Hand to Hold's Official Blog: Written by Parents for Parents

Tube feeding and traveling with a baby

Having a barfy baby in public will quickly make you understand who nearby is a parent themselves. Being parents of a child who eats by tube feeding (which aggravates reflux), we have had this experience often.

One memorable moment was two years ago when we stepped out of our rental car and walked in to a truck stop carrying our son, whose shirt and pants were covered in prune-colored vomit. As soon as the clerk saw us, she grabbed three towels, escorted us to the shower room and unlocked the door and told us there would not be a charge for it.

Traveling with an infant or toddler is stressful. A baby with preemie issues compounds that stress with his or her complicated needs and additional supplies. At home, we had quit feeling bad when some barf hit the carpet, saying “whatever, we’ll rent a Rug Doctor later.” And when we did, we felt great joy in clean carpets — for a day or two. On the road with a tube-fed baby, messes and supplies are much more difficult to deal with. Over time, we came up with a checklist of things we had to have to come. I’ll get to that in a minute, but first a little explanation about why tube feeding is necessary:

Babies begin to suck amniotic fluid and suck their thumbs in the womb around the 30th week of gestation. If they’re preemies, this is interrupted, especially if they have a ventilator or CPAP mask in the way of a pacifier or bottle. Gabriel did show interest in feeding by sucking (rather than the tube down his throat), but he never got close to 100 percent. A month after his term day, he went to surgery to receive a gastric tube. This was frustrating to us as we were sick of seeing tubes attached to our child, but it allowed us to go home.

Our first winter, we did not go out much with our son as we were terrified of respiratory syncytial virus (RSV), but once he was a year old, we did make trips to other states to see grandparents and great-grandparents. Here is the checklist we have developed:

1. Bucket bib. The idea behind this thing is to help catch spills while a child is drinking. We used it as a barf-catcher and recycler. That is, when he would barf while a feed was in progress, it would go in to the bib, we would pour it back in to the feed bag on the pump and try again. Were you able to read that without getting grossed out? If so, you might be a tubie parent.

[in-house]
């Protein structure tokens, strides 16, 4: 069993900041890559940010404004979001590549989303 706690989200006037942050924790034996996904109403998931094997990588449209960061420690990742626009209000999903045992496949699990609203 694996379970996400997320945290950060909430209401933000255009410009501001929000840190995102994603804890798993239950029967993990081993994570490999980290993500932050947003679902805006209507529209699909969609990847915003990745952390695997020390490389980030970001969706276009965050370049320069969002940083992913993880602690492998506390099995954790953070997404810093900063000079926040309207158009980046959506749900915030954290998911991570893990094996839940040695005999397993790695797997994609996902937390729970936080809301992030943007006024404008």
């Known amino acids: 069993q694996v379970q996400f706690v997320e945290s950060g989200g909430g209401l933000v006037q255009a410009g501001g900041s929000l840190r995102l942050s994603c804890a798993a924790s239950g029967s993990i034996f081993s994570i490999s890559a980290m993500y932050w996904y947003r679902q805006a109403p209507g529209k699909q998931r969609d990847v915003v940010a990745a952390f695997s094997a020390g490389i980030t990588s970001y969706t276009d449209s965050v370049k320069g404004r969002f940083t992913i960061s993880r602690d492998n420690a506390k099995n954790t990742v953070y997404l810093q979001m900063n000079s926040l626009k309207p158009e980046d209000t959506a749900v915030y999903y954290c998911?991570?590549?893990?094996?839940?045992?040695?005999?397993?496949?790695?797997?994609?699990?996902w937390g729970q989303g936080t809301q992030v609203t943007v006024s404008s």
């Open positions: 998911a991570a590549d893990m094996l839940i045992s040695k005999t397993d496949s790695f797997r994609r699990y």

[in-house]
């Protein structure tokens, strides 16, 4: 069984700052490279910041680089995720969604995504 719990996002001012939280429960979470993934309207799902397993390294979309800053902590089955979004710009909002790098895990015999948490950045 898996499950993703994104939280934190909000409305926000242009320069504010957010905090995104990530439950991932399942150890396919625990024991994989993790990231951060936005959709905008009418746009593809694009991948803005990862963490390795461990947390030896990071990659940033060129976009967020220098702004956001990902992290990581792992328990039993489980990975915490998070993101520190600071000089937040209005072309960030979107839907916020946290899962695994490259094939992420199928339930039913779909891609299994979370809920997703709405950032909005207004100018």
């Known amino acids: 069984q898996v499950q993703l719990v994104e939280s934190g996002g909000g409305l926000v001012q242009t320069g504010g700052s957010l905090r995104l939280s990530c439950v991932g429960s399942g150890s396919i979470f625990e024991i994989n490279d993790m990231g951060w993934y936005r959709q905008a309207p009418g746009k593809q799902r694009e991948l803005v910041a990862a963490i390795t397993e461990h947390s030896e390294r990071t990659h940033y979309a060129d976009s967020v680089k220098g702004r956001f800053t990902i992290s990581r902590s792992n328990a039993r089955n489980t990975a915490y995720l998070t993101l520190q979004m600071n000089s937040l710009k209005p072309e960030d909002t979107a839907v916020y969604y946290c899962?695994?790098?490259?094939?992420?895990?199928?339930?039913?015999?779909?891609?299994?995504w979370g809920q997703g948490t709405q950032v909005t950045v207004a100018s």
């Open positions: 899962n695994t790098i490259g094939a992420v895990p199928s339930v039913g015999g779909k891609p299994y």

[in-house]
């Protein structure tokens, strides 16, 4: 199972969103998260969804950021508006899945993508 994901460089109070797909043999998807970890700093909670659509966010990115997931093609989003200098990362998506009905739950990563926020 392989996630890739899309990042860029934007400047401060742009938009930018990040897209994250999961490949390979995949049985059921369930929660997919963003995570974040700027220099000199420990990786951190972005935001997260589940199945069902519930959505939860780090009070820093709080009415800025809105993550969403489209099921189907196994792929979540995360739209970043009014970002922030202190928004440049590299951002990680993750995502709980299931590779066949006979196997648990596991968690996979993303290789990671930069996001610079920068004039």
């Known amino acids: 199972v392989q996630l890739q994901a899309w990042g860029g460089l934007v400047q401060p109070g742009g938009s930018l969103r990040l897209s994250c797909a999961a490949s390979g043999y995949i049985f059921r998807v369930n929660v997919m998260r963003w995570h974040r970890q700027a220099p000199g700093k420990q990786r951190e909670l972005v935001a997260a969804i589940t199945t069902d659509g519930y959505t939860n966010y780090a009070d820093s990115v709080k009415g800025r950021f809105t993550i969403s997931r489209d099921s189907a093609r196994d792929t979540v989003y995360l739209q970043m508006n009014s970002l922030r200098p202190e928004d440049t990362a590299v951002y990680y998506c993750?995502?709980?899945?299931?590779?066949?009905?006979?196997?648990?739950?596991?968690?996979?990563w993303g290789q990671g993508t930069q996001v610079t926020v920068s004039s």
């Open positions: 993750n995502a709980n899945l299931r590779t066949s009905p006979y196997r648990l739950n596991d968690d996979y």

2. Breastmilk bags. We found these to be great for traveling with pureed food because we could freeze them and then stack them on each other in a cooler more easily than cups. We also found we could cut out a corner from the bottom of the bags and then squeeze the puree directly in to the feed bags. (They’re also good for breastmilk, but he was on blenderized food when we made our first trip.)

3. Full supply of pump bags. The feeding pump came with sets of bags that could be used for 24 hours before having to be replaced. These were shipped to us from the medical-supply company monthly, so we had to call to ask for more to make sure we would have enough of them on the day we left. Also, we asked them if they could ship supplies to a location other than our home in case luggage got lost.

4. Paper clip. We used it to dig out stuck particles of food that could clog a particular spot in the feeding tube as the feeding pump yanked on it.

5. Figure out cooler time. If you’ve got 14 hours to the next freezer, that might be a problem. We sometimes had to stop to reload with ice.

6. Make extra time for airport security. The Transportation Safety Administration also has a Web site and help line called TSA Cares, that helps people with disabilities and medical conditions get ready to fly. The number is 1-888-787-2225.

7. Call host to ask about their blender. Of course they’ll let you use the blender. “Is it noisy?” we would ask. “Not too bad,” they would say. “Oh, that won’t work, then,” we would say. Noisy blenders capable of obliterating strawberry seeds are a necessary part of tubie life. If someone had a Vitamix or a Blendtec or similar blender, that could greatly reduce the amount of food to pack in advance.

8. Make a list of special ingredients and find out if the local grocery stores have them. For our son, Trader Joe’s full-fat Greek yogurt was a magical food in that it stayed down ok and was very high in calories. If we were traveling somewhere without a Trader Joe’s, we had to pack a separate cooler just for yogurt.

Finally, be glad that you and your child are getting to have some new experiences. One of the best parts of going on family trips with our son was his cousin, who is a month younger than he is (but born at term). She’s more advanced developmentally, so Gabriel would watch her eat with a spoon, and… (thank God) imitate her!

Dad and baby resting in motel room

Daddy’s not ready to get up in the motel room, but Gabriel is planning his next vacation day.

Eric Ruthford About Eric Ruthford

Thomas Eric Ruthford (WA) is the father of one child, Gabriel, who was born at 22 weeks and 6 days of gestation, setting a record for most immature survivor to come out of his NICU, the busiest one in the state. Thomas and his wife, Miri, live in Washington state. Thomas was a newspaper reporter in the late 90s, and is now a non-profit manager. He has also served in the U.S. Peace Corps in Ukraine, teaching English as a foreign language. He is working on a book about Gabriel, and how neonatal care developed. You can find him on Twitter @MicroPreemieDad, or his personal blog.

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